public async Task<IEnumerable<PostModel>> GetPosts(int currentPage = 1, int? pageSize = null, CancellationToken cancellationToken = default)
        var parameters = new
            page = currentPage,
            per_page = pageSize
        var response = await requestManager.Get<IEnumerable<Post>>(BaseUrl, cancellationToken, parameters).ConfigureAwait(false);
        return Mapper.Map<IEnumerable<PostModel>>(response);

Some background here: The method “GetPosts” loads all posts from the API by calling this URL:


However, loading all posts at the same time would be overkill and slow down response times and over time only become slower. So, we need to add some paging parameters to the URL.

How to do that, we’ll look at this page it tells us that the API has two parameters we can use for our needs: “page” and “per_page”. Page, oddly enough is not zero-based so the first page is “1”.


Speaking of AutoMapper, we need some configuration to map the weird WordPress models the more leaner PostModel class. To do that, we need an AutoMapper profile.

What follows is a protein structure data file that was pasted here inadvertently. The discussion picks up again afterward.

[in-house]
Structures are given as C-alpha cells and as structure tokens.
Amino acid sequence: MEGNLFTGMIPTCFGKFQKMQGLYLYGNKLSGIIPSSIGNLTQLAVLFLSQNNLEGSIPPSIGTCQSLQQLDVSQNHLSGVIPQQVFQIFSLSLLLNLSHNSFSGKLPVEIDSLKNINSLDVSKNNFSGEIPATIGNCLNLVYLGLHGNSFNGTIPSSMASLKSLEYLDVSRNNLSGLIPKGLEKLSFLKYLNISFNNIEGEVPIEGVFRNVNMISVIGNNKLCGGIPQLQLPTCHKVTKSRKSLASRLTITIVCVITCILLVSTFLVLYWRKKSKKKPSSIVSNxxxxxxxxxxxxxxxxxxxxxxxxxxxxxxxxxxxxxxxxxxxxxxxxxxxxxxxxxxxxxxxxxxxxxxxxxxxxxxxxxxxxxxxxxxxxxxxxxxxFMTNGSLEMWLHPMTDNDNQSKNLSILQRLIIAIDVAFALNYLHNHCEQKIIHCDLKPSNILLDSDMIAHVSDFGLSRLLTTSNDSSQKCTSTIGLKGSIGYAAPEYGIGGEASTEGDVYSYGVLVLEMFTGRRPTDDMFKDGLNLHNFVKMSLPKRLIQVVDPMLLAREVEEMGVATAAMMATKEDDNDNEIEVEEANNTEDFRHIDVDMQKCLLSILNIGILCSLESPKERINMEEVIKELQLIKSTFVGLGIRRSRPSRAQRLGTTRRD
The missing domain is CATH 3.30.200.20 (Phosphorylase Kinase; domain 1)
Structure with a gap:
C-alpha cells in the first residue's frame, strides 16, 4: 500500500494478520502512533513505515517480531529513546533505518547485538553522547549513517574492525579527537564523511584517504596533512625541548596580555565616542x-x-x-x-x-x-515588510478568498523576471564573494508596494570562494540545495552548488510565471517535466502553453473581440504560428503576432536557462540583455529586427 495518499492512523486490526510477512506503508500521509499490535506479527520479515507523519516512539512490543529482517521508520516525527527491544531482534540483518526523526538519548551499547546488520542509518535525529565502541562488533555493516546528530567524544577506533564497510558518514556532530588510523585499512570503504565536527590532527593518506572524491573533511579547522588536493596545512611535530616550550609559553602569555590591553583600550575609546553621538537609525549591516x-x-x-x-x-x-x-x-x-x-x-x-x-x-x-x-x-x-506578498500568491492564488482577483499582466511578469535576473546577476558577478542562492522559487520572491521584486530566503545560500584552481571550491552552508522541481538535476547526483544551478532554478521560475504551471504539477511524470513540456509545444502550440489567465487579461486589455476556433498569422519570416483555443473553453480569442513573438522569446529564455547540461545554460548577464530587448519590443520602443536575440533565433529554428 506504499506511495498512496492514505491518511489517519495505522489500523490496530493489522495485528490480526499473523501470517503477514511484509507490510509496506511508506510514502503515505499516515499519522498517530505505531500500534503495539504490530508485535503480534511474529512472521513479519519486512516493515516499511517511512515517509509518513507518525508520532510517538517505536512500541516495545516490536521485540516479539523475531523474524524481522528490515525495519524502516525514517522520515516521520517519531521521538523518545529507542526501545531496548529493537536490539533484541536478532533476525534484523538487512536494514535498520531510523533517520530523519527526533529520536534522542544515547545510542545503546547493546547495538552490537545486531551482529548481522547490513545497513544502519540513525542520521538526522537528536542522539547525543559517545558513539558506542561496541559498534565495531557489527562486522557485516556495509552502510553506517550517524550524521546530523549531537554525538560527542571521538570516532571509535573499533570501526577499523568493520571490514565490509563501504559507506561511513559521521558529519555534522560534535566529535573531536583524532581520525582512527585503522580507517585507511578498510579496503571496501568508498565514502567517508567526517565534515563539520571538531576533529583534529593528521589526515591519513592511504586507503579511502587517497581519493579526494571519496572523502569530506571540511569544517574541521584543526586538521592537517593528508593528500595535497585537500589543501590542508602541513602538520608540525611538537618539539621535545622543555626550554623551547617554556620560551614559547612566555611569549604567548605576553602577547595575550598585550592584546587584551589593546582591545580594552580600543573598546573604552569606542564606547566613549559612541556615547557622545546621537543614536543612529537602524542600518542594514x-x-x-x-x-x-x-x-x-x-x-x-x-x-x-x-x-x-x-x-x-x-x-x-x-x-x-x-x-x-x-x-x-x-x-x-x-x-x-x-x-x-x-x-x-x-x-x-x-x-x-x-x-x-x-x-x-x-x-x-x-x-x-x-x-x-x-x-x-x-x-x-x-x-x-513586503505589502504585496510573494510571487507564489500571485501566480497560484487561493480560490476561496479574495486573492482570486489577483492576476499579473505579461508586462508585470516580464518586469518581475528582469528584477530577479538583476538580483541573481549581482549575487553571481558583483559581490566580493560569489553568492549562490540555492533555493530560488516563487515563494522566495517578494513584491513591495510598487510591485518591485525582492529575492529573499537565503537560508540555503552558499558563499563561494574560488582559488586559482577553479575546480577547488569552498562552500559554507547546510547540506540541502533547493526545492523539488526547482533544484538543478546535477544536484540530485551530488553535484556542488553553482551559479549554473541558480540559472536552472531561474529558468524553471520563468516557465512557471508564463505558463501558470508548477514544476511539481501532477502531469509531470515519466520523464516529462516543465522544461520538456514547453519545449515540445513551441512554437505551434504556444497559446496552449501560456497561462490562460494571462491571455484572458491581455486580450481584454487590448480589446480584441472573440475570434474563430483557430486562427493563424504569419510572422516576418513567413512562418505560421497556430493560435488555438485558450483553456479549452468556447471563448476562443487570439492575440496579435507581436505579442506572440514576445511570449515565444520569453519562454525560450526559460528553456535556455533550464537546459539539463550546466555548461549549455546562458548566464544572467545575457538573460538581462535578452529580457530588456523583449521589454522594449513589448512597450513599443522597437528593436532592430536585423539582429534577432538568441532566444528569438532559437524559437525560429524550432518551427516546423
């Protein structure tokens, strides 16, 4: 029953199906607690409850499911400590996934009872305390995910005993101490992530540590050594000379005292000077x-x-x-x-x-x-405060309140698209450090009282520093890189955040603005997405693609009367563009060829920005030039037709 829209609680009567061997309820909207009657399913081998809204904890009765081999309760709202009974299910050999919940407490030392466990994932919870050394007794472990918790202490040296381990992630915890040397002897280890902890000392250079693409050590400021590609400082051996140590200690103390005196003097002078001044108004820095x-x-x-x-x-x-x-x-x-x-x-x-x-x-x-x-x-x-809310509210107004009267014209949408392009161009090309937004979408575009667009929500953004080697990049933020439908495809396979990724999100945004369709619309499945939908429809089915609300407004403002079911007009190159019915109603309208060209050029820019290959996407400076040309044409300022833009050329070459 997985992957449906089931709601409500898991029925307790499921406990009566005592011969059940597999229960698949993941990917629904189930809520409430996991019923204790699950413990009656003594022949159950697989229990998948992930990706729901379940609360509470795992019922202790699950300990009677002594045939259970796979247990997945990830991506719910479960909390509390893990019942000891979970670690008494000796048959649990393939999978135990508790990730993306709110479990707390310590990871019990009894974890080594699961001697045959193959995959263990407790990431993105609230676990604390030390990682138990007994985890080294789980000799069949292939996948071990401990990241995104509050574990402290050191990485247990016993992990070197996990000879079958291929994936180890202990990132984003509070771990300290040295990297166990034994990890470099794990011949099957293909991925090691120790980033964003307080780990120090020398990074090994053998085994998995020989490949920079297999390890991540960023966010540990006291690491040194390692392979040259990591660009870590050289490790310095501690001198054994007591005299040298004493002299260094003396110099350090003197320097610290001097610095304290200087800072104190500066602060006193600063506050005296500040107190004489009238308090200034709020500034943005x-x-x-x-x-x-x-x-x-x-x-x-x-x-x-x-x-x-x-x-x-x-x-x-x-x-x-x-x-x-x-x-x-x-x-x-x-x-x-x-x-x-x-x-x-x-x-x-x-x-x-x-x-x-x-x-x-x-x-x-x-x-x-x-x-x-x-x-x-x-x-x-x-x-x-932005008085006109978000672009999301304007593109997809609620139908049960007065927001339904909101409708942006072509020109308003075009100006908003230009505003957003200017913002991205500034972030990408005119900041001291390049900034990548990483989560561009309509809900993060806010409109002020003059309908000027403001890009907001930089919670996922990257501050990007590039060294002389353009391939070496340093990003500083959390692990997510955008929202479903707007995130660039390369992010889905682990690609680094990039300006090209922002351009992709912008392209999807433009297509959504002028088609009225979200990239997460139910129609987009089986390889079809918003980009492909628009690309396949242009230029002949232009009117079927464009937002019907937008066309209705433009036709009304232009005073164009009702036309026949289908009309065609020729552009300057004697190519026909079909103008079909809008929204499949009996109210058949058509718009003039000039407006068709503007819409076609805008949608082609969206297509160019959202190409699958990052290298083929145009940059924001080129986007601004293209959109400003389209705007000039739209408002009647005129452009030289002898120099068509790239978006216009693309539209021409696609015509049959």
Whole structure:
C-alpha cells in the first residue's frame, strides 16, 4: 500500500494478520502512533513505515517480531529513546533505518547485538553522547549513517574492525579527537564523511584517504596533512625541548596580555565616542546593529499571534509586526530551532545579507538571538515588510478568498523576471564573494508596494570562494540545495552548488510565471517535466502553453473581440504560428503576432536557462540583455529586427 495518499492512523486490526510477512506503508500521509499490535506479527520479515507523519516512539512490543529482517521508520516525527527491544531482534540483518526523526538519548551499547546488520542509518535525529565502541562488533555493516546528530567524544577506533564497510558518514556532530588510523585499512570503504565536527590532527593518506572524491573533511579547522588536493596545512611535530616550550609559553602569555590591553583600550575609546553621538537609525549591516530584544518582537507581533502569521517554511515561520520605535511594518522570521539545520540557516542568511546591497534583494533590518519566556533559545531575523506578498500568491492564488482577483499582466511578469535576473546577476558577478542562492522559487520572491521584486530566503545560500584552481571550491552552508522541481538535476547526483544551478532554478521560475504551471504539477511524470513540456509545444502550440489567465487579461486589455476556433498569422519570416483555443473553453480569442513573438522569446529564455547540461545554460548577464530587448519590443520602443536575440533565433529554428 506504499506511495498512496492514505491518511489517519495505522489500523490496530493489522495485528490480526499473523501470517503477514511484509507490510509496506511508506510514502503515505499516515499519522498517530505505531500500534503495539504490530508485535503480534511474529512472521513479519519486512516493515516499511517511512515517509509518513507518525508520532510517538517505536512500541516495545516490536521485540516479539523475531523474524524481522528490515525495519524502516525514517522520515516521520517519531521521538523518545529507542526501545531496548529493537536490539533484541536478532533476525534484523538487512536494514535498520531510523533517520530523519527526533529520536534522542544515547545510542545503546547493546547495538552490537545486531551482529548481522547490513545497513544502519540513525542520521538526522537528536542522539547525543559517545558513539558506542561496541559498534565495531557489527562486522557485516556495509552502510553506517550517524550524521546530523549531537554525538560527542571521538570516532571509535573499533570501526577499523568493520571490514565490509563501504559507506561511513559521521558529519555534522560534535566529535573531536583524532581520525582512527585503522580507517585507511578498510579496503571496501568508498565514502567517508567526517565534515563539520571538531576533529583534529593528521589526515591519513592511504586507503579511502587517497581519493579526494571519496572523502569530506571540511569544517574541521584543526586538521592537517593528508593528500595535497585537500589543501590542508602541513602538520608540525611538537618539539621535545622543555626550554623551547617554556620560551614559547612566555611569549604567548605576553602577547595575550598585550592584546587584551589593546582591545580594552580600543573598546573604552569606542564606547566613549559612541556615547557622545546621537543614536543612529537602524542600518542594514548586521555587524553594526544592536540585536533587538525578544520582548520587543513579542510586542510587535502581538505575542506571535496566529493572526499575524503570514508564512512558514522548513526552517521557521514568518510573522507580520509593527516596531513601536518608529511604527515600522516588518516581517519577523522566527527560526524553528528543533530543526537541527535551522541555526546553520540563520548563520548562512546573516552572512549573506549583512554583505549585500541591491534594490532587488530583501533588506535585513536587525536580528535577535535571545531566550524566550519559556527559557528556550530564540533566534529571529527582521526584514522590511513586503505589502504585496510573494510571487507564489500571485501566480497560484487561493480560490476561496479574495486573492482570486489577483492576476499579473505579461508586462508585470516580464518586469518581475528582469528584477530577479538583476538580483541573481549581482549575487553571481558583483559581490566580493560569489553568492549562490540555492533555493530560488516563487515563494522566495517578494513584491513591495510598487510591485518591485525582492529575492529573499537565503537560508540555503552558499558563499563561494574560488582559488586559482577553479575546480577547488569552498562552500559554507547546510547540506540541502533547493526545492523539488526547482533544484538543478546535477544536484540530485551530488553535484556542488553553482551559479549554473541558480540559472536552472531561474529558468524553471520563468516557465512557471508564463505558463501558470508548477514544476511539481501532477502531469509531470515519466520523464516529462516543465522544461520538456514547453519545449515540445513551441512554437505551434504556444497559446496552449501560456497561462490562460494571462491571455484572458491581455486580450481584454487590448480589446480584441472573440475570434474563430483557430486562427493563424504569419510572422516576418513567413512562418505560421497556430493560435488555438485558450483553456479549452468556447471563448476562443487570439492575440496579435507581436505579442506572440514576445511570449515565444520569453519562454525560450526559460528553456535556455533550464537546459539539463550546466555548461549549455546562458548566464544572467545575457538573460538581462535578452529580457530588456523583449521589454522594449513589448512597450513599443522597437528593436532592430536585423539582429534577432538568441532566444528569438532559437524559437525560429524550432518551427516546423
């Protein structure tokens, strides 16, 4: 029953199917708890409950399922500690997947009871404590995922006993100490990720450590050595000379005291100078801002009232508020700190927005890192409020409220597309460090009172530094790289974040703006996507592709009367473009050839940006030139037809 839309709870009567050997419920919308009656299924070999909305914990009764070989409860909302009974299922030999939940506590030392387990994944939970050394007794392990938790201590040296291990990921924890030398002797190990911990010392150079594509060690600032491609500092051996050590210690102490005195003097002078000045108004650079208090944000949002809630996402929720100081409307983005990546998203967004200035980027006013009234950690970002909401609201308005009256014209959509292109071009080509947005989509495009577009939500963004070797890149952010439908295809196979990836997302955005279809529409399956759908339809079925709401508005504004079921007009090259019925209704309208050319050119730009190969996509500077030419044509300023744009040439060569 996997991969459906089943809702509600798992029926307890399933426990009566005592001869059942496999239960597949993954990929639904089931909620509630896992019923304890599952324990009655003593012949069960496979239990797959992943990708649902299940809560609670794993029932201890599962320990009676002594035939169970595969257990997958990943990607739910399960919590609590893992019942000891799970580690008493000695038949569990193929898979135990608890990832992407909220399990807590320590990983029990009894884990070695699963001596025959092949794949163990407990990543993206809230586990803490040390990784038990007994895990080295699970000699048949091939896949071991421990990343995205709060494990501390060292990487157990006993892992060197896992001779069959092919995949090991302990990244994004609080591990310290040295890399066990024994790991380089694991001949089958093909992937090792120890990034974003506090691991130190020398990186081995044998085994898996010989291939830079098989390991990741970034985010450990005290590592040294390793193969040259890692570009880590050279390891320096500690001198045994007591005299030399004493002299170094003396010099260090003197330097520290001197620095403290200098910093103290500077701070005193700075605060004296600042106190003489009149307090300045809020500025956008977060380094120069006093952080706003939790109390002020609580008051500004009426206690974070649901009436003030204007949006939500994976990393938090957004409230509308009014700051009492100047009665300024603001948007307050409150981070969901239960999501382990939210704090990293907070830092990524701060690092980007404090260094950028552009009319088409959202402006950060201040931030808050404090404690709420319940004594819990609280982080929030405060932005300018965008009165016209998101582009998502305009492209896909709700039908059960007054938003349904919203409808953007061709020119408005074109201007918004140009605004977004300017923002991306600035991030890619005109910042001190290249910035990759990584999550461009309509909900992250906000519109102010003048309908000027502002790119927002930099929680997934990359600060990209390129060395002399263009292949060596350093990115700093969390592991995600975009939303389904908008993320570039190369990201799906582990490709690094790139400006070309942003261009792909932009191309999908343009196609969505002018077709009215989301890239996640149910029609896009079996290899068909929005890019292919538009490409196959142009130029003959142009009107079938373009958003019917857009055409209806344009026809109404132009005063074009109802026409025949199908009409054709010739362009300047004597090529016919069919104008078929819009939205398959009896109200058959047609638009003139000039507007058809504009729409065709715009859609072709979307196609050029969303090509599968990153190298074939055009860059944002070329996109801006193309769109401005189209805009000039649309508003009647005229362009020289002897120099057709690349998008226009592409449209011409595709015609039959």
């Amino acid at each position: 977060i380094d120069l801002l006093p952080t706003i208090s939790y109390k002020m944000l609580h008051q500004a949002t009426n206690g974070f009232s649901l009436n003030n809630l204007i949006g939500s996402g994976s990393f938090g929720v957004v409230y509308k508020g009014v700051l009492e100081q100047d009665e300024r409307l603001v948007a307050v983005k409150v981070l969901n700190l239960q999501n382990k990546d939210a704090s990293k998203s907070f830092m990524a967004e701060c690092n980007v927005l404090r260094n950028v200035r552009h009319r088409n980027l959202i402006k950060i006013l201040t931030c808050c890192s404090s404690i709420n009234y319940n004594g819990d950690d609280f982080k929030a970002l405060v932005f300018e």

Create a folder called “AutoMapperProfiles” and add a class called PostProfile:

public class PostProfile : Profile
    public PostProfile()
        CreateMap<Post, PostModel>()
            .ForMember(dest => dest.Date, m => m.MapFrom(src => src.date_gmt))
            .ForMember(dest => dest.Modified, m => m.MapFrom(src => src.modified_gmt))
            .ForMember(dest => dest.Title, m => m.MapFrom(src => src.title.rendered))
            .ForMember(dest => dest.Content, m => m.MapFrom(src => src.content.rendered))
            .ForMember(dest => dest.Excerpt, m => m.MapFrom(src => src.excerpt))
            .ForMember(dest => dest.AuthorId, m => m.MapFrom(src =>
            .ForMember(dest => dest.FeaturedMediaId, m => m.MapFrom(src => src.featured_media))
            .ForMember(dest => dest.IsSticky, m => m.MapFrom(src => src.sticky))
            .ForMember(dest => dest.CategoryIds, m => m.MapFrom(src => src.categories))
            .ForMember(dest => dest.TagIds, m => m.MapFrom(src => src.tags));

Again, nothing special here. All we do is we flatten out some of the weird constructs of the WordPress json and maps everything to a more lean model.